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24 October 1997 Optical Fresnel diffraction system for inspecting VLSI leads
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The leads on VLSI semiconductor flat pack chips are becoming more delicate and more closely spaced with time. Inspection is becoming more expensive because of the higher lead density and more necessary because of the increased risk of damage. A new optical system for lead inspection is proposed that uses self-interference of coherent light passing between the leads. According to the fractional Talbot effect, explained in the paper, there are planes of uniform intensity behind a perfect periodic structure such as an undamaged set of leads. Damage to leads takes a variety of forms. One or more leads may be skewed sideways with a potential for a subsequent short circuit to a neighboring lead after flow soldering. Alternatively, a lead may be bent up with a potential for an open connection on flow soldering. In our system, damage shows up as a deviation in intensity across the self-uniform plane. A computer simulation was written showing that small amounts of damage may be detected, measured and classified as skew or coplanarity or some combination. Laboratory experiments were performed to demonstrate the inspection capability and assess the difficulty in constructing a competitive system using this approach.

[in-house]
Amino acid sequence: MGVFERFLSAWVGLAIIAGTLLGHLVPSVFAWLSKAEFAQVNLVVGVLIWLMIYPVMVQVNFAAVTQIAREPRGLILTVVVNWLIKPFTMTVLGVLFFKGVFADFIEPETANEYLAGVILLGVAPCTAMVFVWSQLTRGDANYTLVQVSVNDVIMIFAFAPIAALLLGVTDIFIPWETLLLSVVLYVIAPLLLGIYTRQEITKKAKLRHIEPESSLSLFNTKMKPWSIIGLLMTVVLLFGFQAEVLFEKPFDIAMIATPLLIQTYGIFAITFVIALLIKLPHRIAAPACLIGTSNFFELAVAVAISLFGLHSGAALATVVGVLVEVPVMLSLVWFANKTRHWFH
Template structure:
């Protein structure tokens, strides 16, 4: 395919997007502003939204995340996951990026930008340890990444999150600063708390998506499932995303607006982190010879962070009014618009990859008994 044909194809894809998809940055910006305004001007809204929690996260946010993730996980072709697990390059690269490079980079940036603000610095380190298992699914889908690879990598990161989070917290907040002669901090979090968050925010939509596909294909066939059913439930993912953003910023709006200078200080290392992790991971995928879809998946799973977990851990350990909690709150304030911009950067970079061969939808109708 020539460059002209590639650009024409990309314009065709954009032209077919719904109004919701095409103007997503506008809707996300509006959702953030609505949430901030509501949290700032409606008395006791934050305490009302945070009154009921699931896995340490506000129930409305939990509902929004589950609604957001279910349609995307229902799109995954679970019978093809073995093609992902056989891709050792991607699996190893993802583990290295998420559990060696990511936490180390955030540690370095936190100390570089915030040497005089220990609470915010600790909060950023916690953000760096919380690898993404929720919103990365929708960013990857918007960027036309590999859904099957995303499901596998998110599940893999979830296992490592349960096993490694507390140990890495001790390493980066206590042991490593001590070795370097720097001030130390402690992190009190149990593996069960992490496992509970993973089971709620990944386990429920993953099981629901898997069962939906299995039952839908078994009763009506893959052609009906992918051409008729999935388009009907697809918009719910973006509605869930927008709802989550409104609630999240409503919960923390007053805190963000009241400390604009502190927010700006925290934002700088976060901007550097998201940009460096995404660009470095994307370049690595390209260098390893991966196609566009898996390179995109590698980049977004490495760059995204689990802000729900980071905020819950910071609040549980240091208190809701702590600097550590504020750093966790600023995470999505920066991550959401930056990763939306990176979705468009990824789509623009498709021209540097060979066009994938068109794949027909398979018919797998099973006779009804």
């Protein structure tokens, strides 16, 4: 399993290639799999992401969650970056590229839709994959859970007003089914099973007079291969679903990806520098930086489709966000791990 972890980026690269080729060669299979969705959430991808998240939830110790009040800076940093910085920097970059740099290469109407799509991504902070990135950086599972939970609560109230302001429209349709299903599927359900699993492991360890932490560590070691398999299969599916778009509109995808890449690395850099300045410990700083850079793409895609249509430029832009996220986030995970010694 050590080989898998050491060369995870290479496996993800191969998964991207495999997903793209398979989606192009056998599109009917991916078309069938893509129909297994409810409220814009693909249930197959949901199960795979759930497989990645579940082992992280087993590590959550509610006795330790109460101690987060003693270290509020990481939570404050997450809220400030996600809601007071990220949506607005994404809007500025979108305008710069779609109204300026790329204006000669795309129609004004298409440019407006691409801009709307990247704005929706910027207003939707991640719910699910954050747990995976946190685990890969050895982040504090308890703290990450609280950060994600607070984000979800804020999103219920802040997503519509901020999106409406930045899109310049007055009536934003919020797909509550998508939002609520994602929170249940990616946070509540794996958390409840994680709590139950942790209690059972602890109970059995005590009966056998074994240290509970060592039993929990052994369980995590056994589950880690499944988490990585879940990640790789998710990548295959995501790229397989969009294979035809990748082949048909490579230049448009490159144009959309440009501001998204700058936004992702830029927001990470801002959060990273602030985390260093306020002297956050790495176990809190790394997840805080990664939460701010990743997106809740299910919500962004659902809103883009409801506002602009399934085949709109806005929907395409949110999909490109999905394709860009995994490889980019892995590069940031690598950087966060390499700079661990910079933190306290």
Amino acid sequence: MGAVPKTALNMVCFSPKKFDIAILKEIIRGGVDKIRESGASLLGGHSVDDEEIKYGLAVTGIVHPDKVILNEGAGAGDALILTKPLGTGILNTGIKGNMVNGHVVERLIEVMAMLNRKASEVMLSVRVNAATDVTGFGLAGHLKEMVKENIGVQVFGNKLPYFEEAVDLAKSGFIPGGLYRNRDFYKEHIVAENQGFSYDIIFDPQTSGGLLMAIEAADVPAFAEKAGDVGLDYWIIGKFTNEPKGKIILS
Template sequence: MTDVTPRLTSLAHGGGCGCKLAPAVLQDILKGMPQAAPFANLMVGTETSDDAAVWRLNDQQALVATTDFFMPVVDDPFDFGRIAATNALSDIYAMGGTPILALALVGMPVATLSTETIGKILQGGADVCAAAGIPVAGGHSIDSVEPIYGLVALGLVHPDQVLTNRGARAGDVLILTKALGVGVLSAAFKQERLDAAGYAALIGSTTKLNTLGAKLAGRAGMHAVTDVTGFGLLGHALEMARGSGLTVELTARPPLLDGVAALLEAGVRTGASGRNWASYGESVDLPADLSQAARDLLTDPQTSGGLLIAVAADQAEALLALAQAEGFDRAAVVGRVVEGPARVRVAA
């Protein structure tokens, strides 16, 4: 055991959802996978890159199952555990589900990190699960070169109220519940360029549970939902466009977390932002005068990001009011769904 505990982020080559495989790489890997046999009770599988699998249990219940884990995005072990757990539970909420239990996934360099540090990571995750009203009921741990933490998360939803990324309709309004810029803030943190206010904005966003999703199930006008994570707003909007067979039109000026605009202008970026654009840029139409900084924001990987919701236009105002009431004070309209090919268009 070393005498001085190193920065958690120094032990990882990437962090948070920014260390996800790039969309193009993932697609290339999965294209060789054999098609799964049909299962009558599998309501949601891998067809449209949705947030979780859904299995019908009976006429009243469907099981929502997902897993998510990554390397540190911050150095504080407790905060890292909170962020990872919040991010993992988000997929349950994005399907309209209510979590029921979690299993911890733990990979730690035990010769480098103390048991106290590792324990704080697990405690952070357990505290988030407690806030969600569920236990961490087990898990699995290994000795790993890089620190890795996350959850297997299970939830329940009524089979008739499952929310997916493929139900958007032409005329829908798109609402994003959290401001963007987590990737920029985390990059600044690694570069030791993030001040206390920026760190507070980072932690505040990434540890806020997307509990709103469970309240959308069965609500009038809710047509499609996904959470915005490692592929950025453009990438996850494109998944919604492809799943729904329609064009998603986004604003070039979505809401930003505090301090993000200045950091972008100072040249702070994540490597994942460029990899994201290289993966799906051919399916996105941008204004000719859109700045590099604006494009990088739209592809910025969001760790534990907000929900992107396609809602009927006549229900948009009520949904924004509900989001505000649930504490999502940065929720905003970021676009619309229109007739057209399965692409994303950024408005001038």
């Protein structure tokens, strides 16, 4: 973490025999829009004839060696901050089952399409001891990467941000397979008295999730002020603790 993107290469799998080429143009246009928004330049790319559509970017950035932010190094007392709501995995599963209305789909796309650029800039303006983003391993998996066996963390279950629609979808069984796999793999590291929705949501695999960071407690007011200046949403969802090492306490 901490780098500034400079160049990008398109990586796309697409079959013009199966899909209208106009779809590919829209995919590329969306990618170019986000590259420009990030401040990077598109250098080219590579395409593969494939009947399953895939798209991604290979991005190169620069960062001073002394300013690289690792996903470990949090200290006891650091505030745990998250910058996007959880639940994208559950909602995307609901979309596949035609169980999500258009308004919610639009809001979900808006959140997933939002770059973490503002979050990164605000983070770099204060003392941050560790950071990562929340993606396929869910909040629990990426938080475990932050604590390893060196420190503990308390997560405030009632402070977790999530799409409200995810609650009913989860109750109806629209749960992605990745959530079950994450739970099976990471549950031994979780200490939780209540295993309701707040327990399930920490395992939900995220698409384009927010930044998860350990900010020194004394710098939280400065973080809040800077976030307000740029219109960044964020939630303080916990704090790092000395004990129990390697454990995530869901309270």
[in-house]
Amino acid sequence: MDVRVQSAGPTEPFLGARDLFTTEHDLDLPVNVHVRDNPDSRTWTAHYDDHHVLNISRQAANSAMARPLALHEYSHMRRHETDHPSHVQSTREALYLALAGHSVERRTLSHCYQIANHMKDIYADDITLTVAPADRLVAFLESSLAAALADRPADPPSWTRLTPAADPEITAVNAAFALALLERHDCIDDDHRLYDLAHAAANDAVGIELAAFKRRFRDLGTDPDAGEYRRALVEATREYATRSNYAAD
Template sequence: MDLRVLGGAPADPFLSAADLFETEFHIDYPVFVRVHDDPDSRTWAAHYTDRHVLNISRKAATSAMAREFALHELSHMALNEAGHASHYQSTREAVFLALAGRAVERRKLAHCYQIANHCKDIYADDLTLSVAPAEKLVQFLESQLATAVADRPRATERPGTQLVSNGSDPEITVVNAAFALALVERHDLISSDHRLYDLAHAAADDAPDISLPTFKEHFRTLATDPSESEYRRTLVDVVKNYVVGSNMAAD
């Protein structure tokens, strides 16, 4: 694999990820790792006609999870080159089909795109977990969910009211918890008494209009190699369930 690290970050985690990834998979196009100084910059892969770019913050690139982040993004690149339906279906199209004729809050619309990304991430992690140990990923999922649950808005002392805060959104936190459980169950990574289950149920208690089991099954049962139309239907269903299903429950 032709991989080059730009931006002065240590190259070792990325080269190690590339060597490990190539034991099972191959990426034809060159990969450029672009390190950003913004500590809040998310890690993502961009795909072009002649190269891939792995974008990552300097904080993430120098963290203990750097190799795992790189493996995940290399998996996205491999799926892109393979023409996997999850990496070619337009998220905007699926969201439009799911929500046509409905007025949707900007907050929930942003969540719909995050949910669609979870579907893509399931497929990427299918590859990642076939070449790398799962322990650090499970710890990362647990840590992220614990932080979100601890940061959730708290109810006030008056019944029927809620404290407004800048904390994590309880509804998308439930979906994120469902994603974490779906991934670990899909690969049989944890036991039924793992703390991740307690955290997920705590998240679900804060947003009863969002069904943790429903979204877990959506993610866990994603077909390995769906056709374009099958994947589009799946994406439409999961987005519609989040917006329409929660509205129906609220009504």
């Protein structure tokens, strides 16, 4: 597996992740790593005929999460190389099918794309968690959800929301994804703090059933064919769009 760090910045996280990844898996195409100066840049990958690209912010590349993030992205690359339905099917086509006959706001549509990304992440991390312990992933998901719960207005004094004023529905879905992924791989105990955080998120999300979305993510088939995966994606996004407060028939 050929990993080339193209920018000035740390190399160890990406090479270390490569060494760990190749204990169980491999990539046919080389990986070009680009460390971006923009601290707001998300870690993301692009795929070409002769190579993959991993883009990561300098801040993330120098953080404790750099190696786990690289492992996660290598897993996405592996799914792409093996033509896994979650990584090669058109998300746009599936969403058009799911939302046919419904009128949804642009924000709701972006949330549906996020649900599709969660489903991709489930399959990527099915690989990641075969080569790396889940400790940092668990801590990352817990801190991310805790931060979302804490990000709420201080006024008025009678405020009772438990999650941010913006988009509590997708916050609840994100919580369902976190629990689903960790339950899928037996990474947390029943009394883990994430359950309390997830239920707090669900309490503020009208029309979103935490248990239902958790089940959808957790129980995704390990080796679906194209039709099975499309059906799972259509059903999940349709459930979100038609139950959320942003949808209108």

© (1997) COPYRIGHT Society of Photo-Optical Instrumentation Engineers (SPIE). Downloading of the abstract is permitted for personal use only.
Alastair D. McAulay and Junqing Wang "Optical Fresnel diffraction system for inspecting VLSI leads", Proc. SPIE 3159, Algorithms, Devices, and Systems for Optical Information Processing, (24 October 1997);

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